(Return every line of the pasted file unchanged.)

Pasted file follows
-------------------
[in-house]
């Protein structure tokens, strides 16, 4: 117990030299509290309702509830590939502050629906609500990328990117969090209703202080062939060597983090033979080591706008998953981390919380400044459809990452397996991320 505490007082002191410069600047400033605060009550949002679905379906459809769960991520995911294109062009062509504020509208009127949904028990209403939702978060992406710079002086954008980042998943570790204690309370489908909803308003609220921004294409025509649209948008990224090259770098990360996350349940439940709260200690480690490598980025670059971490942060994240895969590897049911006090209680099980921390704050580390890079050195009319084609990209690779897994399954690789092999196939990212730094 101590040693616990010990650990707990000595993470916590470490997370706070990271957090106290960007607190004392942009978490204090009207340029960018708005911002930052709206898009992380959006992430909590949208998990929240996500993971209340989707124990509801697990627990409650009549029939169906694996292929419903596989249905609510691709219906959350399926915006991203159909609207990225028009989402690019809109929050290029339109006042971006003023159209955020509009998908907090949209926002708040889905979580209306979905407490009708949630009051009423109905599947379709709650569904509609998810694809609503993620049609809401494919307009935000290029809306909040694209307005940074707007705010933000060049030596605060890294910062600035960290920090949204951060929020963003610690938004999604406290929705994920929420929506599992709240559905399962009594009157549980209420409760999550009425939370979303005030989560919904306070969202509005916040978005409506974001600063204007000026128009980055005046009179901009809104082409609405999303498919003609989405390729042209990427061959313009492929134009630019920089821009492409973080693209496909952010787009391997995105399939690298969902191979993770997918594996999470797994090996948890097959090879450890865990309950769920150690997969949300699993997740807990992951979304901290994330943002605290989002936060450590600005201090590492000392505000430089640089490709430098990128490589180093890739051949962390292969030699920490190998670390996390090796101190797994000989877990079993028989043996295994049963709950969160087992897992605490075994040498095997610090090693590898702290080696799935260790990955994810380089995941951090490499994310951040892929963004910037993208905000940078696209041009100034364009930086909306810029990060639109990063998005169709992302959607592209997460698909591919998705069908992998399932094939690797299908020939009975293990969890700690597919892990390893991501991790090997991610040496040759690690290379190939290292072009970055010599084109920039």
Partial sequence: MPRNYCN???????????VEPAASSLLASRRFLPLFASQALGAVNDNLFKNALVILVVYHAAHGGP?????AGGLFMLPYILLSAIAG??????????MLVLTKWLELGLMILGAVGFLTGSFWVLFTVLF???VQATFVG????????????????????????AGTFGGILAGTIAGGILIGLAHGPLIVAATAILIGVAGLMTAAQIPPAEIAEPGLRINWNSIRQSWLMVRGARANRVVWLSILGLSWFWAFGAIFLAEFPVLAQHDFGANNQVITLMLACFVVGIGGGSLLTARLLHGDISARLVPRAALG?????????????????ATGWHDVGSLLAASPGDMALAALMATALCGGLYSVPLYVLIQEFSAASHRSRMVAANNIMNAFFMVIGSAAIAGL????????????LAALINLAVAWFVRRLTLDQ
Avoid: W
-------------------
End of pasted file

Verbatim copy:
[in-house]
């Protein structure tokens, strides 16, 4: 117990030299509290309702509830590939502050629906609500990328990117969090209703202080062939060597983090033979080591706008998953981390919380400044459809990452397996991320 505490007082002191410069600047400033605060009550949002679905379906459809769960991520995911294109062009062509504020509208009127949904028990209403939702978060992406710079002086954008980042998943570790204690309370489908909803308003609220921004294409025509649209948008990224090259770098990360996350349940439940709260200690480690490598980025670059971490942060994240895969590897049911006090209680099980921390704050580390890079050195009319084609990209690779897994399954690789092999196939990212730094 101590040693616990010990650990707990000595993470916590470490997370706070990271957090106290960007607190004392942009978490204090009207340029960018708005911002930052709206898009992380959006992430909590949208998990929240996500993971209340989707124990509801697990627990409650009549029939169906694996292929419903596989249905609510691709219906959350399926915006991203159909609207990225028009989402690019809109929050290029339109006042971006003023159209955020509009998908907090949209926002708040889905979580209306979905407490009708949630009051009423109905599947379709709650569904509609998810694809609503993620049609809401494919307009935000290029809306909040694209307005940074707007705010933000060049030596605060890294910062600035960290920090949204951060929020963003610690938004999604406290929705994920929420929506599992709240559905399962009594009157549980209420409760999550009425939370979303005030989560919904306070969202509005916040978005409506974001600063204007000026128009980055005046009179901009809104082409609405999303498919003609989405390729042209990427061959313009492929134009630019920089821009492409973080693209496909952010787009391997995105399939690298969902191979993770997918594996999470797994090996948890097959090879450890865990309950769920150690997969949300699993997740807990992951979304901290994330943002605290989002936060450590600005201090590492000392505000430089640089490709430098990128490589180093890739051949962390292969030699920490190998670390996390090796101190797994000989877990079993028989043996295994049963709950969160087992897992605490075994040498095997610090090693590898702290080696799935260790990955994810380089995941951090490499994310951040892929963004910037993208905000940078696209041009100034364009930086909306810029990060639109990063998005169709992302959607592209997460698909591919998705069908992998399932094939690797299908020939009975293990969890700690597919892990390893991501991790090997991610040496040759690690290379190939290292072009970055010599084109920039």
Partial sequence: MPRNYCN???????????VEPAASSLLASRRFLPLFASQALGAVNDNLFKNALVILVVYHAAHGGP?????AGGLFMLPYILLSAIAG??????????MLVLTKWLELGLMILGAVGFLTGSFWVLFTVLF???VQATFVG????????????????????????AGTFGGILAGTIAGGILIGLAHGPLIVAATAILIGVAGLMTAAQIPPAEIAEPGLRINWNSIRQSWLMVRGARANRVVWLSILGLSWFWAFGAIFLAEFPVLAQHDFGANNQVITLMLACFVVGIGGGSLLTARLLHGDISARLVPRAALG?????????????????ATGWHDVGSLLAASPGDMALAALMATALCGGLYSVPLYVLIQEFSAASHRSRMVAANNIMNAFFMVIGSAAIAGL????????????LAALINLAVAWFVRRLTLDQ
Avoid: W